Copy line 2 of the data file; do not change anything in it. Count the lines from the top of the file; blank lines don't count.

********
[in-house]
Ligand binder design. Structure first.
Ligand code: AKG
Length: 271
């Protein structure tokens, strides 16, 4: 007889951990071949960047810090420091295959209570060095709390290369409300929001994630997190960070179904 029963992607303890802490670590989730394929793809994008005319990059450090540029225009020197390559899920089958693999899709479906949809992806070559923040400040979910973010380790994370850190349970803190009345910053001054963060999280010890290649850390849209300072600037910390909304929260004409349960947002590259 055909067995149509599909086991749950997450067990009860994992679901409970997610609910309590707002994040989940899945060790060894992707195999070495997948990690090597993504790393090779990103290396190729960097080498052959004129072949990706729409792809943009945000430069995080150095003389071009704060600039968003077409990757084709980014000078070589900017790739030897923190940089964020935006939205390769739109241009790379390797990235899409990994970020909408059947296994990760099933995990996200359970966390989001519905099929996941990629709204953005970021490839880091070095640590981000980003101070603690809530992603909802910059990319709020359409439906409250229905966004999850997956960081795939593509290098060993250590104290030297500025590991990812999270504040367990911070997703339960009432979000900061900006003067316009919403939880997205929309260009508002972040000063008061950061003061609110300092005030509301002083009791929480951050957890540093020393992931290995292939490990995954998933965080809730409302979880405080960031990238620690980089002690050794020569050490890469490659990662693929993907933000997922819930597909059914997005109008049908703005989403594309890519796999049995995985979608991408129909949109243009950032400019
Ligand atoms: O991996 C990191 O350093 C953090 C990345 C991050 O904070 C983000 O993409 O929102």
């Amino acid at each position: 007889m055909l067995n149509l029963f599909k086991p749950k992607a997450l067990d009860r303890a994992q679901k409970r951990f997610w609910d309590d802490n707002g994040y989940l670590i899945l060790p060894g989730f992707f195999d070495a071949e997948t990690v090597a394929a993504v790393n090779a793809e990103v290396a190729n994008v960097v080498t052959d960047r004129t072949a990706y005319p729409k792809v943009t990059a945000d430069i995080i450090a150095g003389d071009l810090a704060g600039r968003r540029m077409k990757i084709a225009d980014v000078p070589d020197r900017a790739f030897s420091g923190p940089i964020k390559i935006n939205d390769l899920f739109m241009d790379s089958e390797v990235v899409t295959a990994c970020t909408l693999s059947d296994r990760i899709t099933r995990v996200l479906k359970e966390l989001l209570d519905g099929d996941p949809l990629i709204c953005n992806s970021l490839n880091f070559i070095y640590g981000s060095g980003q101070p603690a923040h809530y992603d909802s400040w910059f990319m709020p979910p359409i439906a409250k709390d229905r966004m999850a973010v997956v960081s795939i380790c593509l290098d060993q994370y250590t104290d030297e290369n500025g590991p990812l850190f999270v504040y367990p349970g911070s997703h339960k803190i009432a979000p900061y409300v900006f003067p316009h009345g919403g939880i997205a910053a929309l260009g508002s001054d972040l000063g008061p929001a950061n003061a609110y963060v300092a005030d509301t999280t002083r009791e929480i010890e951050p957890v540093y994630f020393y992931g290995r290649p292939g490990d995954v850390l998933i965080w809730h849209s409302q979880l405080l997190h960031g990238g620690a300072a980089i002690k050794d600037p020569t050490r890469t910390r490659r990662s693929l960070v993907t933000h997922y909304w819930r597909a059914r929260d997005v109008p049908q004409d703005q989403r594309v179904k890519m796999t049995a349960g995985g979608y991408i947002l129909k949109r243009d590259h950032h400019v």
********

Ligand binder design. Structure first.